Also: Trump’s disastrous walk across Lafayette Square for that bible photo-op outside St. John’s Episcopal Church apparently was Ivanka’s idea—she’s also been tweeting Bible verses. Amy Wilentz, our Chief Ivanka Correspondent, has a report.  6-10-2020

America in Revolt: Elie Mystal, plus John Nichols with Keith Ellison

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Across America, protests against police violence are met with more police violence.  Elie Mystal talks about the failure of Democratic mayors in deep blue cities to stop their police forces from engaging in racist violence—especially Bill De Blasio in New York City.  Elie is The Nation’s Justice correspondent, and writes the magazine’s “Objection!” column.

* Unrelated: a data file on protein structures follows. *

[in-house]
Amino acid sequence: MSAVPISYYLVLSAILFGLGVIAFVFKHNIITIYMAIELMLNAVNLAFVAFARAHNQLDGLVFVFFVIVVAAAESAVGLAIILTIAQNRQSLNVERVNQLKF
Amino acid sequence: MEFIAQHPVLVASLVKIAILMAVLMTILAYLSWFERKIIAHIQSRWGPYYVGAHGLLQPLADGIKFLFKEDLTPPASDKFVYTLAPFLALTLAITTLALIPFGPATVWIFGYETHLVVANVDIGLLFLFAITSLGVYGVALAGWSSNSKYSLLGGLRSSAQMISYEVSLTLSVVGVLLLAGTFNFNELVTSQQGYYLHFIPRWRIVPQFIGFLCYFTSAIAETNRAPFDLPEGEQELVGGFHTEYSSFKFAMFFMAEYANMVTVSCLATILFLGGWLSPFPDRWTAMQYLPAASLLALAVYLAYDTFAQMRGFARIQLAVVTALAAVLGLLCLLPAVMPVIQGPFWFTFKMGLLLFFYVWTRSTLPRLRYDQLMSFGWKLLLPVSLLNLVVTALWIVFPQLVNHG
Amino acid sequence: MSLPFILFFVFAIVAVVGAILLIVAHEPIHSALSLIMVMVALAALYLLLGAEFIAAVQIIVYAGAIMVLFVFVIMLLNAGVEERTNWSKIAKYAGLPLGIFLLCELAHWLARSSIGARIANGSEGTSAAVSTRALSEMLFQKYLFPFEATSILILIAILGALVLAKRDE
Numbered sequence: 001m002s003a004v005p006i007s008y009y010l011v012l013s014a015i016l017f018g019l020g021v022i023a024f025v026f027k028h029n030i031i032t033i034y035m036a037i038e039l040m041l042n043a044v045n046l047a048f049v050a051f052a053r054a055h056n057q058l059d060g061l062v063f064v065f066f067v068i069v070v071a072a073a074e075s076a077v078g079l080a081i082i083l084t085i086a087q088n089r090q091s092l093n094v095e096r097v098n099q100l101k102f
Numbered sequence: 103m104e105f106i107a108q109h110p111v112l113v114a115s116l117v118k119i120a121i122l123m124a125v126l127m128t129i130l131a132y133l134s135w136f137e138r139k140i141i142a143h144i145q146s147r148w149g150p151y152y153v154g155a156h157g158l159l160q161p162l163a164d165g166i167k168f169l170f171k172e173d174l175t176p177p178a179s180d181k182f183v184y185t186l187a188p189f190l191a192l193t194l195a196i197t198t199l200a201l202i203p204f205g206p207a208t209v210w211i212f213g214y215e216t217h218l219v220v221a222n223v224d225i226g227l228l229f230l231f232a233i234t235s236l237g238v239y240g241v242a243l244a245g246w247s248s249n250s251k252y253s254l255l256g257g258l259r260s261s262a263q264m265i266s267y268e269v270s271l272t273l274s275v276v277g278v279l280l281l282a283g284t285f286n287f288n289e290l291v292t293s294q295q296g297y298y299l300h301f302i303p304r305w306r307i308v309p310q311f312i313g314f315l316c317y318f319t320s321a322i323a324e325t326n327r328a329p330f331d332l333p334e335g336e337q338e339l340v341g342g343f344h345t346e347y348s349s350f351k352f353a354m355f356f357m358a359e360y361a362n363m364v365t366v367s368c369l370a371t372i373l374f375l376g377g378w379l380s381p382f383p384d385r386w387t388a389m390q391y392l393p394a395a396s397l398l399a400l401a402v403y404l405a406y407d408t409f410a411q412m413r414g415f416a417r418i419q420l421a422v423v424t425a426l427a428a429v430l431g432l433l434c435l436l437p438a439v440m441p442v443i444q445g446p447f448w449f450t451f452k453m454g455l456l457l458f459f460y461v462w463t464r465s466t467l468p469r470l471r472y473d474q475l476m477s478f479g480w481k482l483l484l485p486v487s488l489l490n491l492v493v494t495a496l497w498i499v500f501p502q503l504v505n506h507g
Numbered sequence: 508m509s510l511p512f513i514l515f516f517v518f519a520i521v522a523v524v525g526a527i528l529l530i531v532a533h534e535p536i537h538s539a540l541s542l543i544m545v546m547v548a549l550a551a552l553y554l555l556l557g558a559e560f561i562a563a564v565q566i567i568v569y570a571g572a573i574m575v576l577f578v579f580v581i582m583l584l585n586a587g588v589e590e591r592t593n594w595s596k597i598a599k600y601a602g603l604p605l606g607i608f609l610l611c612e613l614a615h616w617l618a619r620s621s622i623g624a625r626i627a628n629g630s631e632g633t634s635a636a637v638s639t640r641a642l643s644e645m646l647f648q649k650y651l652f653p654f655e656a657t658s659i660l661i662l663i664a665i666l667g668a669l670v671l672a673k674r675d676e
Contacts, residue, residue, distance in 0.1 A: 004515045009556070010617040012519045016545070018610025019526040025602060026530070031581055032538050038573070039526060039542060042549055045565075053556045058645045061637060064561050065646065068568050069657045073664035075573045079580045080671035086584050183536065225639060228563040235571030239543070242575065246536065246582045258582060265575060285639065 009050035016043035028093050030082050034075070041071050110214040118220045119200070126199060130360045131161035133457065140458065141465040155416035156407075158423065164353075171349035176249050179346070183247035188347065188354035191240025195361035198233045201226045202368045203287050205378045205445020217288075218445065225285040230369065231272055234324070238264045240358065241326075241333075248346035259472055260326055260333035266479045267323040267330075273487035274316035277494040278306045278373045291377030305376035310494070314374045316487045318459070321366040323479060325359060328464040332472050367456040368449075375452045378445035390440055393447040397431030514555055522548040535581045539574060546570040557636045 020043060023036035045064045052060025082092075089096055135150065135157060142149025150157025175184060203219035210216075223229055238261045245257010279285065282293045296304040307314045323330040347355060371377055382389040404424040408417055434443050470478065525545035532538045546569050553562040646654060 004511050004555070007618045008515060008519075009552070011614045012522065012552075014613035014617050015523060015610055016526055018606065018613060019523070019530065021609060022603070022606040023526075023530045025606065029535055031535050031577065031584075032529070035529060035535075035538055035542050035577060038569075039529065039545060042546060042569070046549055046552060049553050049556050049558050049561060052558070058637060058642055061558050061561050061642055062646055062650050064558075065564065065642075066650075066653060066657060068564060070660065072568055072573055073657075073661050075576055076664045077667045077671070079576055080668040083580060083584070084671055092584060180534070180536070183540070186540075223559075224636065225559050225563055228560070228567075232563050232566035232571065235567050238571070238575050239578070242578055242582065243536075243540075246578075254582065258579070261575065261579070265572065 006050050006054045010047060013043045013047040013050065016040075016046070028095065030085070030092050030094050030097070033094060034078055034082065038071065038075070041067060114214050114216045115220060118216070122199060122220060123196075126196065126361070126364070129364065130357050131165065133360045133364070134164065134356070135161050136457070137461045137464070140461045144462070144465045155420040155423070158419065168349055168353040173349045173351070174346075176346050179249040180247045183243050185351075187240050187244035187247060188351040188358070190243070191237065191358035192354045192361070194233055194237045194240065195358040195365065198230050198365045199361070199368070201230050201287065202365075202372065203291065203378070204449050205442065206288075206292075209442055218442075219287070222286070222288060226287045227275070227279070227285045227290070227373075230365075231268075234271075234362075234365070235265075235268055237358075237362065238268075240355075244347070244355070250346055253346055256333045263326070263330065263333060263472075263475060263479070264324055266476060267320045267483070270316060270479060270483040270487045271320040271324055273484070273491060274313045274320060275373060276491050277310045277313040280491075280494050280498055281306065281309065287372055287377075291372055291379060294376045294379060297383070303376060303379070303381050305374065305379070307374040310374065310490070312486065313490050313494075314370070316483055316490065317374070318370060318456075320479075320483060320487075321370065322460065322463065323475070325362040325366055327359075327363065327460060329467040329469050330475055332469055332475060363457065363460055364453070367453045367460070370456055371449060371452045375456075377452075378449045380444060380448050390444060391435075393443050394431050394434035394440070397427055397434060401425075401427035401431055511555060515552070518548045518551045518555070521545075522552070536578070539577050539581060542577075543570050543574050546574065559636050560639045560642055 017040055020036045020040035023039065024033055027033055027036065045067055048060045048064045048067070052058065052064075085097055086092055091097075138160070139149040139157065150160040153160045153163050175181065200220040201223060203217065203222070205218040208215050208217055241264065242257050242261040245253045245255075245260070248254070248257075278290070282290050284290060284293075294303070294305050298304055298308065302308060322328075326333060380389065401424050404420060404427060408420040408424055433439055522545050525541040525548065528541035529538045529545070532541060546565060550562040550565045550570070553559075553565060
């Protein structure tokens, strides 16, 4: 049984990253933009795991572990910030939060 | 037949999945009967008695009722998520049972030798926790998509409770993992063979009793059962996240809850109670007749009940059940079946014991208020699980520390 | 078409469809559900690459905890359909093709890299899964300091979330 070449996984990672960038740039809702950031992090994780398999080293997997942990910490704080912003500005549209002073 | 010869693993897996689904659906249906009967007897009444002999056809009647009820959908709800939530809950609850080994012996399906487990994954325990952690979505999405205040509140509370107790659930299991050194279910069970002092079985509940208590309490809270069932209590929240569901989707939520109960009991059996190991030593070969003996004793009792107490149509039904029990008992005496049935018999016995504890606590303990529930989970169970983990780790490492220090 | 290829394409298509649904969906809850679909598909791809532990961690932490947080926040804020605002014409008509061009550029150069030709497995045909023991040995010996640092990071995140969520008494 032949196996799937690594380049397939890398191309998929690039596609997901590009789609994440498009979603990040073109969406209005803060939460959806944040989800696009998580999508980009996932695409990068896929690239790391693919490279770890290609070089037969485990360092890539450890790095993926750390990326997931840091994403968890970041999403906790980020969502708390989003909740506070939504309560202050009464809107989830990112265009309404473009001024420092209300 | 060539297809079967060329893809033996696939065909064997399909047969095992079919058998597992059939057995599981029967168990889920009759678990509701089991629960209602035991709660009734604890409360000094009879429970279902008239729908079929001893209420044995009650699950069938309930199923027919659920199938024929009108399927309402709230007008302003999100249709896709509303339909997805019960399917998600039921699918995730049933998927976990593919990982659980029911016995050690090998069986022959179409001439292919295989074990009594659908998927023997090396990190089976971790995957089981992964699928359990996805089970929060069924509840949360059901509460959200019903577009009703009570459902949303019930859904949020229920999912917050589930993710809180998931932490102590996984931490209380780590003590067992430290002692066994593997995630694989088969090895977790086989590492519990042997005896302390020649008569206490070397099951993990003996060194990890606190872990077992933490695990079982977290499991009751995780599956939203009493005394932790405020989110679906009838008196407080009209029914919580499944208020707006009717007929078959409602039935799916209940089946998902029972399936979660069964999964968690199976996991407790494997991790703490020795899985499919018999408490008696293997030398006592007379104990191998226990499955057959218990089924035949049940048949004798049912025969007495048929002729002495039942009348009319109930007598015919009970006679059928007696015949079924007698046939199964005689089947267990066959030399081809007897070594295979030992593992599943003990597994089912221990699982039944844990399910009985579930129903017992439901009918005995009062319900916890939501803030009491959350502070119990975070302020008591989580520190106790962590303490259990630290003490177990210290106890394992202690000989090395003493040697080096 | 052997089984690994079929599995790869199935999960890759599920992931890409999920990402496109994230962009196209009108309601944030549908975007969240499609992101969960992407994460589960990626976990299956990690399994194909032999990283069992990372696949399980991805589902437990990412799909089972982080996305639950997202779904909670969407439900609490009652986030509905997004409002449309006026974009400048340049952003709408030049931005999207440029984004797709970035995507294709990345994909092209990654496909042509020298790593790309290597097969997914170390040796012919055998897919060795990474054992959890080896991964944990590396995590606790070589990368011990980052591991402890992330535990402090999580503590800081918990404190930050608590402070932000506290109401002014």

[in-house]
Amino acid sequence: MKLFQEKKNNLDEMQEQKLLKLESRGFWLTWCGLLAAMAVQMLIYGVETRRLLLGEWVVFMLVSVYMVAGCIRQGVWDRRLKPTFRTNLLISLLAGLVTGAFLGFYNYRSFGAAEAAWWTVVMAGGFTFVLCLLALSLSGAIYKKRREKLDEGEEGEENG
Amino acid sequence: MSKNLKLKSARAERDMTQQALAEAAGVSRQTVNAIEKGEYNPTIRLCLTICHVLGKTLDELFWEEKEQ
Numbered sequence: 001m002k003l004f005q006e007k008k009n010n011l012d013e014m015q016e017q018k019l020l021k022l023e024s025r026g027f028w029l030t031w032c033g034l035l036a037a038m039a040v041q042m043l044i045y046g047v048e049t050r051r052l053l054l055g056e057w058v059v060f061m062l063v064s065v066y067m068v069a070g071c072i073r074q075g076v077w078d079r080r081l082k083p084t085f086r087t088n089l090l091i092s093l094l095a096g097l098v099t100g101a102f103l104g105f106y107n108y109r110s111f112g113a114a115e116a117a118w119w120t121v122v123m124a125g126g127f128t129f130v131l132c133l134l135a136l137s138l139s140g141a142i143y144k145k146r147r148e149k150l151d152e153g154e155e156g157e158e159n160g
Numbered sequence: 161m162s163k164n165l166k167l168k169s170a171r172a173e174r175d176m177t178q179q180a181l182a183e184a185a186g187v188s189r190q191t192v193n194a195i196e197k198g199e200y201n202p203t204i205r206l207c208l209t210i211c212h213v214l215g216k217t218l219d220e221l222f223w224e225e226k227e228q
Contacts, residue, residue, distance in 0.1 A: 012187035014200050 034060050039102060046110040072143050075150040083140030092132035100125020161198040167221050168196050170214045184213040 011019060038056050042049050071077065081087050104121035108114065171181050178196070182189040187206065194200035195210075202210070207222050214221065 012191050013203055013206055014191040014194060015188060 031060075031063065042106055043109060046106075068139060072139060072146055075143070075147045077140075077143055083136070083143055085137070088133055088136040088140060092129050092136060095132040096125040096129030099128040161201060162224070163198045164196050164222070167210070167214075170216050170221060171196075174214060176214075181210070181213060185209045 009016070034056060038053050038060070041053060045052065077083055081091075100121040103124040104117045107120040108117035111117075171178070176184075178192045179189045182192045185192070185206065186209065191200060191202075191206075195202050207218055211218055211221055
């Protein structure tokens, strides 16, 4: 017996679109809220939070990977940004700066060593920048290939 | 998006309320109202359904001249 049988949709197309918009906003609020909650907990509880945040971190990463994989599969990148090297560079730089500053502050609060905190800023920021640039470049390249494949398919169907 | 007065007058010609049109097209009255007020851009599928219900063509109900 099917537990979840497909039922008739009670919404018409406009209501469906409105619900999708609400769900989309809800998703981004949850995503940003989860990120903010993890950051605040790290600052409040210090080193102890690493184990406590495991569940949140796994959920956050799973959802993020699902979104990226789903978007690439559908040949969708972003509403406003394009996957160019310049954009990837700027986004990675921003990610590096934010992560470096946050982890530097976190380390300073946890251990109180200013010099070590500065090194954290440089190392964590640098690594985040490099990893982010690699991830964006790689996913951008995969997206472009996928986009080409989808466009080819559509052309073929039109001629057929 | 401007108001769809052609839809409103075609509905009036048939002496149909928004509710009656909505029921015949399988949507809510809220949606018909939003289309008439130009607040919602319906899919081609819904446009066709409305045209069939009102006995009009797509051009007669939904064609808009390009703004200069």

Also: John Nichols has been speaking with Minnesota’s attorney general Keith Ellison about what has been happening in Minneapolis, and what is to be done about unending police violence against people of color. 6-3-2020

Thinking Big about politics and the virus: Mike Davis, plus Christopher Shay on the crisis, and Amy Wilentz on Jared and Ivanka

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It’s time to think big about the coronavirus crisis and the 40 million workers who have lost their jobs—while the rest struggle to hold on to what they’ve got.  Everything seems more fragile now, and the cruelty of the system has never been clearer. For some big thinking about where we need to go and how to get there, we turn—again—to Mike Davis.